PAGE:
Thursday, August 23, 2012

Bayless Claim That Jeter Uses Roids Comes With Asterisk

ESPN's Skip Bayless has often been known as the most hated journalist in America for his over-the-top commentary and seemingly ridiculous claims. Bayless appears to feed off of this kind of negativity; he apparently enjoys being the lightning rod for criticism amongst sports fans everywhere, even if he is completely wrong. He lives off the hard edge.

That extreme took a new turn on Wednesday, when Bayless said on ESPN's "First Take" that Derek Jeter must be using steroids, or he wouldn't be hitting .320 with 13 home runs.

The claim drew anger out of his "First Take" partner and ESPN NY radio host, Stephen A. Smith, who chastised Bayless for the claims.

Watch here. 

While the argument between Bayless and Smith appears staged, and it is clear that they are doing this for entertainment purposes, the claims, while interesting, are probably false.

Bayless feels that Jeter must be using 'roids to up his performance after he struggled offensively leading up to the 2012 season. Like most athletes, i.e. Barry Bonds, Roger Clemens, et al., Jeter presumably used 'roids in order to prevent the aging process.

The claim is a bit nutty since Jeter has never shown signs of getting larger; his musculature has not grown to the size of Popeye the Sailorman, nor has he become a monstrous power hitter.

Jeter's home run total has only increased from 6 last year to 13 this season. Jeter has always been a 10-15 home run player; moreover, it is not as if he hasn't hit 20 homers before; Jeter has done it three times in his career and hit 18 homers as recently as 2009. He has always been a .300 hitter, and steroids does nothing to improve a hitter's hand/eye co-ordination when it comes to swinging a bat.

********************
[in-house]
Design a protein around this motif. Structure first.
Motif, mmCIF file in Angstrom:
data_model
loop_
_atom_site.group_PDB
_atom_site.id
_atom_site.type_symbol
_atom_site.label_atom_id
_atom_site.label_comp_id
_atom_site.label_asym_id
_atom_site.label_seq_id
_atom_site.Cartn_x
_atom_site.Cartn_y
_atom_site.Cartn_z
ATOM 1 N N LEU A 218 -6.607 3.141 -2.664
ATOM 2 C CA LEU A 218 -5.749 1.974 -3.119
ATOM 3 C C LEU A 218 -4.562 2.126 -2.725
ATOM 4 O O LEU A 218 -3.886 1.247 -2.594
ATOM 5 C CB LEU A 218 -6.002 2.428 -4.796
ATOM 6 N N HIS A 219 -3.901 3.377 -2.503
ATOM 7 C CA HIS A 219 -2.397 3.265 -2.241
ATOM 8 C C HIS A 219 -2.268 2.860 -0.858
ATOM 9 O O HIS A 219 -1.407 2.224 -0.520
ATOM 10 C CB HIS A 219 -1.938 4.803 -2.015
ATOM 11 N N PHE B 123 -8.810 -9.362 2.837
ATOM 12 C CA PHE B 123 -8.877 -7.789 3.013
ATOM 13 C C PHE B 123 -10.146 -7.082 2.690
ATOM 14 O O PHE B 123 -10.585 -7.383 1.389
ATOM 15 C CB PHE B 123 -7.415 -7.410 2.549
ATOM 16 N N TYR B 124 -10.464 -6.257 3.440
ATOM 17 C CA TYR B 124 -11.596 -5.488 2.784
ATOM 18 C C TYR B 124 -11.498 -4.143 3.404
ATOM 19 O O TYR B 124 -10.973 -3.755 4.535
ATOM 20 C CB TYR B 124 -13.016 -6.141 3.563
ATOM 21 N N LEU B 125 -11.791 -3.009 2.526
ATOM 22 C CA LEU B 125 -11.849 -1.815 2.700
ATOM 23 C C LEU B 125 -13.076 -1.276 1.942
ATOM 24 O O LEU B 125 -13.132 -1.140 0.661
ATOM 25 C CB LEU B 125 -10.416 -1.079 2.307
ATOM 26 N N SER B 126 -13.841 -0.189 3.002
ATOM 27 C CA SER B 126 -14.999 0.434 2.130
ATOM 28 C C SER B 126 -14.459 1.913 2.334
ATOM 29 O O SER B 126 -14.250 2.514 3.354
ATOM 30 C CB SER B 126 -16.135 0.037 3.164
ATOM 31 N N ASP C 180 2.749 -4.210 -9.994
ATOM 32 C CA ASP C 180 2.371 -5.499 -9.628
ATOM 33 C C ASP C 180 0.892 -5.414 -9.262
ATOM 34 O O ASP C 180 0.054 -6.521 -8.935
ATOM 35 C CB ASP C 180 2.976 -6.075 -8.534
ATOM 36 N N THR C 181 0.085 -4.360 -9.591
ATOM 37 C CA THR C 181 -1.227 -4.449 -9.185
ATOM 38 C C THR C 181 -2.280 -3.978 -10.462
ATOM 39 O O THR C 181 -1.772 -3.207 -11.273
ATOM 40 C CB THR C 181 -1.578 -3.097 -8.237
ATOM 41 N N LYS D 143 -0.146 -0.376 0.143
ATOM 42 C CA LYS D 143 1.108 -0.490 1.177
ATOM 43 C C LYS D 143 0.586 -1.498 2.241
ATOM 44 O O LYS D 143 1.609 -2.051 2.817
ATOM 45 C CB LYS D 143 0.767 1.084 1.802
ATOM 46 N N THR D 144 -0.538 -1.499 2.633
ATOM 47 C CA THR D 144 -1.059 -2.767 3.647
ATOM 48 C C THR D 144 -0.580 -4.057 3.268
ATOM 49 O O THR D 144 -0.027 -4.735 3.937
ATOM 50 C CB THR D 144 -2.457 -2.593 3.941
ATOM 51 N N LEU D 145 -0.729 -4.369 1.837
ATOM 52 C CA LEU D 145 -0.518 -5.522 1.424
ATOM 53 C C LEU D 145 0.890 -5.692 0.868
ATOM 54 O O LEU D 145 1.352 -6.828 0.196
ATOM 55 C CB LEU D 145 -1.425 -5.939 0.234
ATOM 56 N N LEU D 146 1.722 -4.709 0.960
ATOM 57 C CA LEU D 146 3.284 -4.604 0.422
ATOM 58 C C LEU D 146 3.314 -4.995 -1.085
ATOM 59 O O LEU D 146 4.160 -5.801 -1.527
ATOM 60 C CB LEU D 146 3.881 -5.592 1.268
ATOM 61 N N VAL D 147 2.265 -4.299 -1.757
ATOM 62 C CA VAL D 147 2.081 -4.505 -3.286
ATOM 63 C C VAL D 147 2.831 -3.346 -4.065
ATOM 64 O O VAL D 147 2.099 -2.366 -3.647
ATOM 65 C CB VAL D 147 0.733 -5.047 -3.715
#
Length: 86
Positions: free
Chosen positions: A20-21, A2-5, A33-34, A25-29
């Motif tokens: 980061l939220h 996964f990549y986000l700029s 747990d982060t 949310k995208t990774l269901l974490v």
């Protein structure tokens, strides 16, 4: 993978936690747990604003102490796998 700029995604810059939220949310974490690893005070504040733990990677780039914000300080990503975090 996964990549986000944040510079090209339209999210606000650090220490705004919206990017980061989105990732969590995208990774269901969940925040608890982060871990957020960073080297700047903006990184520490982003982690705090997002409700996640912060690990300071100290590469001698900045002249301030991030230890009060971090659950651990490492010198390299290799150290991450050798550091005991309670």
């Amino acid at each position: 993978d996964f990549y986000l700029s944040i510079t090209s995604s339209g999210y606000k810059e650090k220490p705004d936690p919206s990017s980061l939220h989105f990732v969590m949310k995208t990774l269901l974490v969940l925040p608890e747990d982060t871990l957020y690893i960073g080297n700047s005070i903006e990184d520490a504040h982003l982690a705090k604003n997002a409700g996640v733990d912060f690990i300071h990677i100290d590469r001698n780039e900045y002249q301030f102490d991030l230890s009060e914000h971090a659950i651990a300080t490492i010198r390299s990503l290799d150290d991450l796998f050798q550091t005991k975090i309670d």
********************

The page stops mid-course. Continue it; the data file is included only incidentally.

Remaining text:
Keep in mind, Jeter was injured during the 2011 season, playing in only 131 games, which is the lowest total of his career since his rookie year of 1995 when he played in 15 games. This is his first season healthy since the Yankees won a World Series in 2009. That year, Jeter hit .334 with 18 homers and 66 RBI and was an MVP candidate, just like he is this year.

The fact that Bayless makes these claims without full support or research is silly, and the tactic screams of "cry wolf" exaggeration.

Jeter's response was ever so slight, yet classy, when he said, "Maybe Skip should get tested" when he heard about the on-air discussion.

Bayless invoked Jeter's name in the same sentence as Melky Cabrera who was found guilty of using synthetic testosterone to up his baseball performance to an unlikely All-Star level. Bayless feels, and he is correct about this with regard to the state of the game, that players have found ways to fudge the system masking steroids with other substances.

The only point that Bayless makes with any credibility is that Jeter might have considered using steroids since it helps players play longer. That might be true; however, there is no proof. Nothing. Thew charge just fills air time for Smith and Bayless to scream at each other.

As O.J. Simpson's attorney once said: "If the glove don't fit, you must acquit."
This incident represents another sad commentary on what has become of the journalism profession: claims and opinions are floated without any substantive reserach or facts to back them up. They are just empty assertions; keeping Bayless on air and giving him a platform to vent week in and week out is the real problem with what passes for journalism today. It behooves Mr. Bayless to paraphrase the remark made during the McCarthy hearing: "Mr. Bayless, have you no shame?"

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